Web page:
• LECTURE TWO – LEFT BRAIN, RIGHT BRAIN, RIGHT SHAME

    Iain McGilchrist(2009) argues that the left and right hemispheres of the brain are distinct and that the right hemisphere is not only more creative but the most important or primary. He argues that in cultural terms, it has been overtaken in the west by the left hemisphere in a reversal of the proper order of things. This talk applies his thinking to drawing and designing in the university and beyond. Students are invited to participate in the debate through a series of exercises and discussion.

    drawing, apprehending, tactical thinking, separating, joining

    Iain McGilchrist, The Master and hIs Emissary (2009);

    David Crow, Left to Right, the cultural shift from words to pictures (2006)

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    Memory and line

    Key Words – motivation, expression, information, code, recovery, visual-verbal

    How does the line relate to memory? What is the motivation for such mark making? What are the seminal changes in that mark making through time? What happens when the line becomes a language system? What are we doing: recording, registering, remembering, recovering? How might contemporary technologies affect both our memories and the way we create lines?

    Key texts

    Tim Ingold, Lines – a brief history (2007), [Introduction and Chapter two]

    Richard Hollis, Graphic Design – a concise history (2001)

    • Reading List for Memory and Lines      GMD-CTS Lectures Spring Term 2015

      http://www.britishmuseum.org/explore/themes/writing/historic_writing.aspx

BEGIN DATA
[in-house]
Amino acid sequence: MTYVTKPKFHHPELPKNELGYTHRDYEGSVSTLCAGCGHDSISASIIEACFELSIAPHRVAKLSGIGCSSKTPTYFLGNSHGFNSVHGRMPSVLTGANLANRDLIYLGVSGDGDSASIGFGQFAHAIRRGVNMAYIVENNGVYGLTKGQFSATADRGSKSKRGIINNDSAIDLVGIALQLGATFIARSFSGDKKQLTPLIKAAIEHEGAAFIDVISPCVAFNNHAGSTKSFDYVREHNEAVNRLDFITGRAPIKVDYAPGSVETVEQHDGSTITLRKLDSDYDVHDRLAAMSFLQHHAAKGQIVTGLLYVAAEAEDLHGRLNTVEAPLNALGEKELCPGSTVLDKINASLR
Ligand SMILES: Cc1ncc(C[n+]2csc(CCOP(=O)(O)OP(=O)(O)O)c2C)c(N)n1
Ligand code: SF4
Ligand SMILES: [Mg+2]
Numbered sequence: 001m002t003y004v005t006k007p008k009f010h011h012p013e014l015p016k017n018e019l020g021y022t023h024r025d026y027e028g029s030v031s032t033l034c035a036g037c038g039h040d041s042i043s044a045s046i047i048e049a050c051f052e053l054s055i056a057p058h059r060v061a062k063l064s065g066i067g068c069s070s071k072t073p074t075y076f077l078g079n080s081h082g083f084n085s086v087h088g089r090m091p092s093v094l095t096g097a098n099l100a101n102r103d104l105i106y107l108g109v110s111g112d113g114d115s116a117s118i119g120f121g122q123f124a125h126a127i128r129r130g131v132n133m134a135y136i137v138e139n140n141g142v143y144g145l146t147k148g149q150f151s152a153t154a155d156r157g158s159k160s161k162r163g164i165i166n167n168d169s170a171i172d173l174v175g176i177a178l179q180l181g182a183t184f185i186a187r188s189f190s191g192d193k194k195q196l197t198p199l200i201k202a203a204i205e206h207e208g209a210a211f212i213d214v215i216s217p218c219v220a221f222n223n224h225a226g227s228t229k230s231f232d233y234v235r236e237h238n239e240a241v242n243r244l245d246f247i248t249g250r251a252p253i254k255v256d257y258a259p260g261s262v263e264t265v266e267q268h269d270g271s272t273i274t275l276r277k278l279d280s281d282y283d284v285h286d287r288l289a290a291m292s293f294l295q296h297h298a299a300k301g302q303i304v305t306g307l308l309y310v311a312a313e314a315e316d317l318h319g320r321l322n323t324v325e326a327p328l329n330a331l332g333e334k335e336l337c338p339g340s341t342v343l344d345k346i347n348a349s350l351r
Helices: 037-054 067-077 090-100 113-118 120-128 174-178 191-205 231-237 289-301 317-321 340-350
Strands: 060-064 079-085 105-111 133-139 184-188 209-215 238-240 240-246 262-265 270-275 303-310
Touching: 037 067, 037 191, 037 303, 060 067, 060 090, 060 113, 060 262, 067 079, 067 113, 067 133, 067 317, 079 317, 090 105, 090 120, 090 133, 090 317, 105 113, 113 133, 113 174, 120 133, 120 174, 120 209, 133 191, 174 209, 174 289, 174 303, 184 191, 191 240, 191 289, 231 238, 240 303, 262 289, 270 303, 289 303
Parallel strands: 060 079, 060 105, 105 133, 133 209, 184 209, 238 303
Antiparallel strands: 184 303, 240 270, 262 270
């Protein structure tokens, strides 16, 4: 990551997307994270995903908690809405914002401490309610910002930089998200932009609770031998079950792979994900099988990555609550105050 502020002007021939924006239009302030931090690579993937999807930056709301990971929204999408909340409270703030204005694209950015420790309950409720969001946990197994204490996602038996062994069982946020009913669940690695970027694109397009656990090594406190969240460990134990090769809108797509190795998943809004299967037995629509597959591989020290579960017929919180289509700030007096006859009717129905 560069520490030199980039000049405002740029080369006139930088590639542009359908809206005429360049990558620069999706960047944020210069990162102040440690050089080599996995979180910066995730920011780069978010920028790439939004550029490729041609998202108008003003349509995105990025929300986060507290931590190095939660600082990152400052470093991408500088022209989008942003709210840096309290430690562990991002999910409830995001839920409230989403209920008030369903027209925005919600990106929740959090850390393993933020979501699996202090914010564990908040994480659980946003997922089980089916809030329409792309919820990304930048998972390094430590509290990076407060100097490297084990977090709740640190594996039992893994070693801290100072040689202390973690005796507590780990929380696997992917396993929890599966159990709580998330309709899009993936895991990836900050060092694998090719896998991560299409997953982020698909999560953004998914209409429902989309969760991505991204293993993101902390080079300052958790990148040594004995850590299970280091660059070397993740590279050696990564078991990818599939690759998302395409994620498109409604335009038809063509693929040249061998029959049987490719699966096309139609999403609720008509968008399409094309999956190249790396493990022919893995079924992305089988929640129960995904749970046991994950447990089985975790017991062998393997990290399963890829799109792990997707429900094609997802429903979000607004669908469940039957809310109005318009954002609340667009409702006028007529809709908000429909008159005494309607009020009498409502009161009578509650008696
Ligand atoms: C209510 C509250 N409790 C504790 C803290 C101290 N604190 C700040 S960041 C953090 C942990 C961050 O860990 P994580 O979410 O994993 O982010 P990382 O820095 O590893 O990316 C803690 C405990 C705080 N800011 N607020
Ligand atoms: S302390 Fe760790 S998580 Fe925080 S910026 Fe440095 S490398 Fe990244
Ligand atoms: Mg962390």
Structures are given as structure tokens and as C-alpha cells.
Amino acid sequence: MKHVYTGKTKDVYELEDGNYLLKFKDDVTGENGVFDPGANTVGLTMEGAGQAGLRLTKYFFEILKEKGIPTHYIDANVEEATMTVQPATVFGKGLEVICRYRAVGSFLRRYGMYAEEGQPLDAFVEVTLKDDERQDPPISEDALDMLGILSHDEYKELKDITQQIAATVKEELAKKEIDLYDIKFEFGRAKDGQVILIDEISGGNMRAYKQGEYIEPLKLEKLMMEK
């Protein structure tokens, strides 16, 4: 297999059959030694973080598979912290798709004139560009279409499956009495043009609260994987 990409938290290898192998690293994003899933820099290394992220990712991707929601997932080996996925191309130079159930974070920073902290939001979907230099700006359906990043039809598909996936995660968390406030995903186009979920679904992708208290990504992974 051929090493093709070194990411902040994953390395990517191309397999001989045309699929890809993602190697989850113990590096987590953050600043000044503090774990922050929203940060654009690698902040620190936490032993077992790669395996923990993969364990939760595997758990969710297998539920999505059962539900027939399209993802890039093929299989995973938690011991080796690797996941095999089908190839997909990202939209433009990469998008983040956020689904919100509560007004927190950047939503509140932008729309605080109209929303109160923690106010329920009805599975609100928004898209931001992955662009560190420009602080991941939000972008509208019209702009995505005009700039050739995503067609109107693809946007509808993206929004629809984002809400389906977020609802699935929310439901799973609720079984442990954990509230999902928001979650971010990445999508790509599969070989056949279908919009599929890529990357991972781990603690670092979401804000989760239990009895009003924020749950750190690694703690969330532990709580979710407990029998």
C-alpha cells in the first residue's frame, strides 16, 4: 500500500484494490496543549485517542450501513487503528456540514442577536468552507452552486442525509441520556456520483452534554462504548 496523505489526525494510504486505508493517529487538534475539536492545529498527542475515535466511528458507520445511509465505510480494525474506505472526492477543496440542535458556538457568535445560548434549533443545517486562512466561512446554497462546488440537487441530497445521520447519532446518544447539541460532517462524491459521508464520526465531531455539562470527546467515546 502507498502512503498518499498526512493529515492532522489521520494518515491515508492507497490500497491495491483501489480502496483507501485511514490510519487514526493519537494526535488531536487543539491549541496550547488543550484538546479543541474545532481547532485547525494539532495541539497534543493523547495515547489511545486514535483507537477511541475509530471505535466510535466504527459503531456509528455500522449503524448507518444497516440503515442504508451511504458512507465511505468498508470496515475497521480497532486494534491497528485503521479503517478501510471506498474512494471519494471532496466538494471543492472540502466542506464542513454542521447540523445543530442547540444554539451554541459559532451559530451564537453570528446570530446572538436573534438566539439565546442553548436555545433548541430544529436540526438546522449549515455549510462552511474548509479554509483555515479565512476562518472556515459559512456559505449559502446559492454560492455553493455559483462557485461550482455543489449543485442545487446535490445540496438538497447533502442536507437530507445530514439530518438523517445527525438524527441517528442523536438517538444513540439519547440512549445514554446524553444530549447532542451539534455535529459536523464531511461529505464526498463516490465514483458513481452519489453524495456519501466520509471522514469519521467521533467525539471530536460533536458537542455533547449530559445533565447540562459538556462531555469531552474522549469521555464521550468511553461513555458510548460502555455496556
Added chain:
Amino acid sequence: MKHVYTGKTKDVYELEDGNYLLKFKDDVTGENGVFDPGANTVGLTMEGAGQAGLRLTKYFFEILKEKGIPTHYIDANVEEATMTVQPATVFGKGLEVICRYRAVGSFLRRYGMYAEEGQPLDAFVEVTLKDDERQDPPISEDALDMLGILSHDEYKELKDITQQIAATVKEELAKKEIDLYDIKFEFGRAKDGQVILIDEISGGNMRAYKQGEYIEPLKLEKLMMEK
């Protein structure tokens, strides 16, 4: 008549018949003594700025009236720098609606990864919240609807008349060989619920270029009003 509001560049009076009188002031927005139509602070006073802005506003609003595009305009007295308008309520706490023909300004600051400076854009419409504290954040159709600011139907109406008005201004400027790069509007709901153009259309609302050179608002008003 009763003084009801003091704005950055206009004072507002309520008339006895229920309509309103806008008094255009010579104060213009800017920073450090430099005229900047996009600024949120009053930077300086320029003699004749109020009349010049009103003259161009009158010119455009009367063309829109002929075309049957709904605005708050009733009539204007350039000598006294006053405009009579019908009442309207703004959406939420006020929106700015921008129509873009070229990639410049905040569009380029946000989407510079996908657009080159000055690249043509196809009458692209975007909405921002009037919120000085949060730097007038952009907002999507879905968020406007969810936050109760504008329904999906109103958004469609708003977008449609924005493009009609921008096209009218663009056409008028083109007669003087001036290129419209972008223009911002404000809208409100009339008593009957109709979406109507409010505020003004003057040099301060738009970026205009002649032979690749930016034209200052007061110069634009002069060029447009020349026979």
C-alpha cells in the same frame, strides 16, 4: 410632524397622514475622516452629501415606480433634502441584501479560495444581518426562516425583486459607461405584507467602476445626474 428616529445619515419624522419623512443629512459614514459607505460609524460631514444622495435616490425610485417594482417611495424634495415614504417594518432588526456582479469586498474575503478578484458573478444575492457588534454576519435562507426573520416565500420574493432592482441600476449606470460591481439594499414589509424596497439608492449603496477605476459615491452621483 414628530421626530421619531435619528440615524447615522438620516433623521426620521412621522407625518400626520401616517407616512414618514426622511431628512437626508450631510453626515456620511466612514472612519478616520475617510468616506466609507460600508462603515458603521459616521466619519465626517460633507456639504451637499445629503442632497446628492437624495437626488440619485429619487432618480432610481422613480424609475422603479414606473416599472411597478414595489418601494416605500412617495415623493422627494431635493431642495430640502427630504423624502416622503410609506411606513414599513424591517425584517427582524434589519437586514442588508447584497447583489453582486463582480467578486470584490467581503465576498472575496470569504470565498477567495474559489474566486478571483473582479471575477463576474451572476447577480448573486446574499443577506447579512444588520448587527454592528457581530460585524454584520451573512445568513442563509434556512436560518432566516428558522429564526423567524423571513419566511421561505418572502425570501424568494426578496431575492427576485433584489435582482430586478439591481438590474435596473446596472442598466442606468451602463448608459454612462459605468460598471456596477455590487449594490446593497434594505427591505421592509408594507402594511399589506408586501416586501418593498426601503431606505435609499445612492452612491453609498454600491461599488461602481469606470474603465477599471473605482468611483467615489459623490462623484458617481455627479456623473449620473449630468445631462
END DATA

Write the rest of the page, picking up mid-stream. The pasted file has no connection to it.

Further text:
Buzan, Tony. (2006) Use your Head.  BBC Active.

      Foer, Joshua. (2011)  Moonwalking with Einstein- the art and science of remembering everything. The Penguin Press.

      Chatwin, Bruce. (1987) Songlines.

      Ghandava. The Origin of Cave Images & Paintings. BBC Documentary (youtube.com)

      Hollis, Richard. (2001) Graphic art:  a Concise History. Thames & Hudson. World of art.

      Ingold, Tim. (2007) Lines.  Routledge Taylor & Francis group

      Kandinsky, Wassily. (1979) Point and Line to Plane. Dover Publications.

      Klee, Paul. (1961) Notebooks, Vol. 1: The Thinking Eye, ed. J. Spiller, trans. R. Manheim, London: LundHumphries.

      The Eye and the hand: memory, identity and clairvoyants’ narratives in England, in J. Cambell and J. Harbord (eds), Temporalities, Autobiography and Everyday Life,’ Manchester:  Man Uni Press

      Yeats, Frances.  (1966) The Art of Memory.  Routledge & Kegan Paul. Thames and Hudson

      Essay Titles

      1.  Evaluate a range of memory systems in relation to the lines (metaphorical or actual) they employ. Which are the most effective, bearing in mind memory theory and differing contexts.

      2.  Le Corbusier, 20th century modernist architect, is quoted in ‘Lines’ as saying that the man of reason ‘walks in a straight line because he has a goal and knows where he is going’ (Le Corbusier, Urbanisme, 1924: 274): can this be applied to the searches we make daily on the internet? Are the lines of inquiry linear or lateral, and how much freedom do we have to create our own traces?

      3. Compare and contrast two maps – either taken from two cultures, times or perspectives. What kinds of linearity, style and focus are in evidence, and what do these tell you about the map-makers, their perspectives and purposes?

    • HARRIET EDWARDS: LECTURE TWO – LEFT BRAIN, RIGHT BRAIN, RIGHT SHAME

      Iain McGilchrist(2009) argues that the left and right hemispheres of the brain are distinct and that the right hemisphere is not only more creative but the most important or primary. He argues that in cultural terms, it has been overtaken in the west by the left hemisphere in a reversal of the proper order of things. This talk applies his thinking to drawing and designing in the university and beyond. Students are invited to participate in the debate through a series of exercises and discussion.

      drawing, apprehending, tactical thinking, separating, joining

      Iain McGilchrist, The Master and hIs Emissary (2009); 

      David Crow, Left to Right, the cultural shift from words to pictures (2006)

       

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